Wild Horse Mirror

The leaves on the trees are changing color, and the Autumn leaves start to fall! As our variety of visitors from all corners of the world has seen, our Magnificent Mustangs exhibit a wide assortment of colors. Where did all these colors come from? Red Roans, Blue Roans, Bays, Chestnut, Appaloosa and Paints. Palomino, White and Creamello, are all beautiful to our eyes. Many of these colors come from ancient breeds.

The Native Americans tell stories of how their ancestors revered the horses of color. They had the children run off the Bays to allow the Appaloosa’s, Paints and White horses to eat the rich spring grasses and drink fresh spring waters. The tribes refer to these horses as ‘The Pre Columbus’ horse. Although the dark Bays are a still a dominant color among wild horses on the Virginia Range. The Native Americans contend that wild horses have always been part of their life.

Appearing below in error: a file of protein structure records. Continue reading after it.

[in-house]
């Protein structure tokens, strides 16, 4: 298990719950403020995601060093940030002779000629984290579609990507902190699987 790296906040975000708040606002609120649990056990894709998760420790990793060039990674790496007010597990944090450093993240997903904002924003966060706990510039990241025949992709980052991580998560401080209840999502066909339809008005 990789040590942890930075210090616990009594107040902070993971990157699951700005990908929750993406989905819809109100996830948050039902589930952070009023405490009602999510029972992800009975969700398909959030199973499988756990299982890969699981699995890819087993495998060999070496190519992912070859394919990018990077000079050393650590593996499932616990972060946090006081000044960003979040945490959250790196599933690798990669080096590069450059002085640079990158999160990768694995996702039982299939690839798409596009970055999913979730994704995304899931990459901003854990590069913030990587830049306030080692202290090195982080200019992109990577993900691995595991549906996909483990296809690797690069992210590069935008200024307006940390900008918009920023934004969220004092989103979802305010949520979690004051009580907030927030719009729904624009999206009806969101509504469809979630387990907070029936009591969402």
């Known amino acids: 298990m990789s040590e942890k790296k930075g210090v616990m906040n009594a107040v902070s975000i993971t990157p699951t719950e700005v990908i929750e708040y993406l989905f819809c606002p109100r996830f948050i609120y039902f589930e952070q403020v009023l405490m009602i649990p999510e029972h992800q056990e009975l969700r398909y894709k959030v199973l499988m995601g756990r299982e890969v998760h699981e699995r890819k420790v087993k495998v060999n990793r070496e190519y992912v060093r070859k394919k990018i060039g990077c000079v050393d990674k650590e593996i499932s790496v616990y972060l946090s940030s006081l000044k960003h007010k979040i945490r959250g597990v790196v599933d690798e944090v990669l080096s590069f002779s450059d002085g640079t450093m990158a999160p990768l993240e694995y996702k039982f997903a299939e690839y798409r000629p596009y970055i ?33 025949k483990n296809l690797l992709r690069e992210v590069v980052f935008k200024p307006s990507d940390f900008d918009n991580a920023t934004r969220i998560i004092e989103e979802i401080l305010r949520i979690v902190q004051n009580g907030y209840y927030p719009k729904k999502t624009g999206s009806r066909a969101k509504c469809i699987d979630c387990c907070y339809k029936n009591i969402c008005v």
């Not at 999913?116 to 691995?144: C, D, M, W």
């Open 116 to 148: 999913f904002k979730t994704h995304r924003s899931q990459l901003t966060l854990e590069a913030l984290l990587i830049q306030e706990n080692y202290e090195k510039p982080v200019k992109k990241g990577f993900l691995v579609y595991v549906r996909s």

As the Fall season turns to winter, their coats become thicker and shaggy. They will start to loose conditioning in their body. The land will offer only poor vegetation with little nutritional value. It is tempting for humans to want to help and feed them. However, there is good reason for the State of Nevada to have a law against feeding wild horses. Their ancestors have learned to survive and thrive throughout the Western states, even in harsh conditions.

For more information and details about our service, check out our website: http://www.RenoWildHorseTours.com. Feel free to call (775) 200-5205. If you would like to know more about advocacy and how you can help, follow the links on the right hand side of our web page.

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